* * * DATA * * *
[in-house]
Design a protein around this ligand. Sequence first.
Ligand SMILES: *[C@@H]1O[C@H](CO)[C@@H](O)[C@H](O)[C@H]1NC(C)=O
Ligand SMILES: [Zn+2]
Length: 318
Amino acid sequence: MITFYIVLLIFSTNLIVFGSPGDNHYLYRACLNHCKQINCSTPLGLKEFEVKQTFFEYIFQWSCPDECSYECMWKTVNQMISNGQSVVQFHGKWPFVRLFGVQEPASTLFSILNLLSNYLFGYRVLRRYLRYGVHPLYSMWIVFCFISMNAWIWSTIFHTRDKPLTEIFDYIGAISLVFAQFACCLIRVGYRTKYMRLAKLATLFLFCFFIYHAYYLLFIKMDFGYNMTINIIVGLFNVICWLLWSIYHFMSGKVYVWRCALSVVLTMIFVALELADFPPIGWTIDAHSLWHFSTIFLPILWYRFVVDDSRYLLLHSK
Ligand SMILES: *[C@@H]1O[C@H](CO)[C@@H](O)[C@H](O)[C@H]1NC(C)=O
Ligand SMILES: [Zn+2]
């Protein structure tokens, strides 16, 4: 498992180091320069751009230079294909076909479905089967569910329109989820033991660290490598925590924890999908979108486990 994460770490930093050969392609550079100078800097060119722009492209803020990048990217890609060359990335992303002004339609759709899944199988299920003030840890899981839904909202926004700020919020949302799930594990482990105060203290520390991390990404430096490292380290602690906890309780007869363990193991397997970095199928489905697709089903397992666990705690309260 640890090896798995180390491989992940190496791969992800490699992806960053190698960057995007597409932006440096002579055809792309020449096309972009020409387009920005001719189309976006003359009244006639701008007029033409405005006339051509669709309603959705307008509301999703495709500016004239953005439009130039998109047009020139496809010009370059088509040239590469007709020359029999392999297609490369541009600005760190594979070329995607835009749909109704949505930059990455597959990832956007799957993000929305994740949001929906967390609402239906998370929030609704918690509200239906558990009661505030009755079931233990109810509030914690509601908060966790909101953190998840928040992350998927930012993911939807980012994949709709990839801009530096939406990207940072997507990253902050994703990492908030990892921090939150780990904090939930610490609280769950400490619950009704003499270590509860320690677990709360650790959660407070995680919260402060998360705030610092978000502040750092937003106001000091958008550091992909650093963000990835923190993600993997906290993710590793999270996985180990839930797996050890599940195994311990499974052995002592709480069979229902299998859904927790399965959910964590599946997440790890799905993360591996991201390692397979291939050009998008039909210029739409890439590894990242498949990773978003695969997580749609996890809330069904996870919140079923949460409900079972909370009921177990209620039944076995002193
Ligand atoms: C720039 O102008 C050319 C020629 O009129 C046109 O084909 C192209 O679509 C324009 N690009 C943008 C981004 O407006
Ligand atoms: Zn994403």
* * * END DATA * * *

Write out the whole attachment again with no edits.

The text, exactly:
[in-house]
Design a protein around this ligand. Sequence first.
Ligand SMILES: *[C@@H]1O[C@H](CO)[C@@H](O)[C@H](O)[C@H]1NC(C)=O
Ligand SMILES: [Zn+2]
Length: 318
Amino acid sequence: MITFYIVLLIFSTNLIVFGSPGDNHYLYRACLNHCKQINCSTPLGLKEFEVKQTFFEYIFQWSCPDECSYECMWKTVNQMISNGQSVVQFHGKWPFVRLFGVQEPASTLFSILNLLSNYLFGYRVLRRYLRYGVHPLYSMWIVFCFISMNAWIWSTIFHTRDKPLTEIFDYIGAISLVFAQFACCLIRVGYRTKYMRLAKLATLFLFCFFIYHAYYLLFIKMDFGYNMTINIIVGLFNVICWLLWSIYHFMSGKVYVWRCALSVVLTMIFVALELADFPPIGWTIDAHSLWHFSTIFLPILWYRFVVDDSRYLLLHSK
Ligand SMILES: *[C@@H]1O[C@H](CO)[C@@H](O)[C@H](O)[C@H]1NC(C)=O
Ligand SMILES: [Zn+2]
């Protein structure tokens, strides 16, 4: 498992180091320069751009230079294909076909479905089967569910329109989820033991660290490598925590924890999908979108486990 994460770490930093050969392609550079100078800097060119722009492209803020990048990217890609060359990335992303002004339609759709899944199988299920003030840890899981839904909202926004700020919020949302799930594990482990105060203290520390991390990404430096490292380290602690906890309780007869363990193991397997970095199928489905697709089903397992666990705690309260 640890090896798995180390491989992940190496791969992800490699992806960053190698960057995007597409932006440096002579055809792309020449096309972009020409387009920005001719189309976006003359009244006639701008007029033409405005006339051509669709309603959705307008509301999703495709500016004239953005439009130039998109047009020139496809010009370059088509040239590469007709020359029999392999297609490369541009600005760190594979070329995607835009749909109704949505930059990455597959990832956007799957993000929305994740949001929906967390609402239906998370929030609704918690509200239906558990009661505030009755079931233990109810509030914690509601908060966790909101953190998840928040992350998927930012993911939807980012994949709709990839801009530096939406990207940072997507990253902050994703990492908030990892921090939150780990904090939930610490609280769950400490619950009704003499270590509860320690677990709360650790959660407070995680919260402060998360705030610092978000502040750092937003106001000091958008550091992909650093963000990835923190993600993997906290993710590793999270996985180990839930797996050890599940195994311990499974052995002592709480069979229902299998859904927790399965959910964590599946997440790890799905993360591996991201390692397979291939050009998008039909210029739409890439590894990242498949990773978003695969997580749609996890809330069904996870919140079923949460409900079972909370009921177990209620039944076995002193
Ligand atoms: C720039 O102008 C050319 C020629 O009129 C046109 O084909 C192209 O679509 C324009 N690009 C943008 C981004 O407006
Ligand atoms: Zn994403």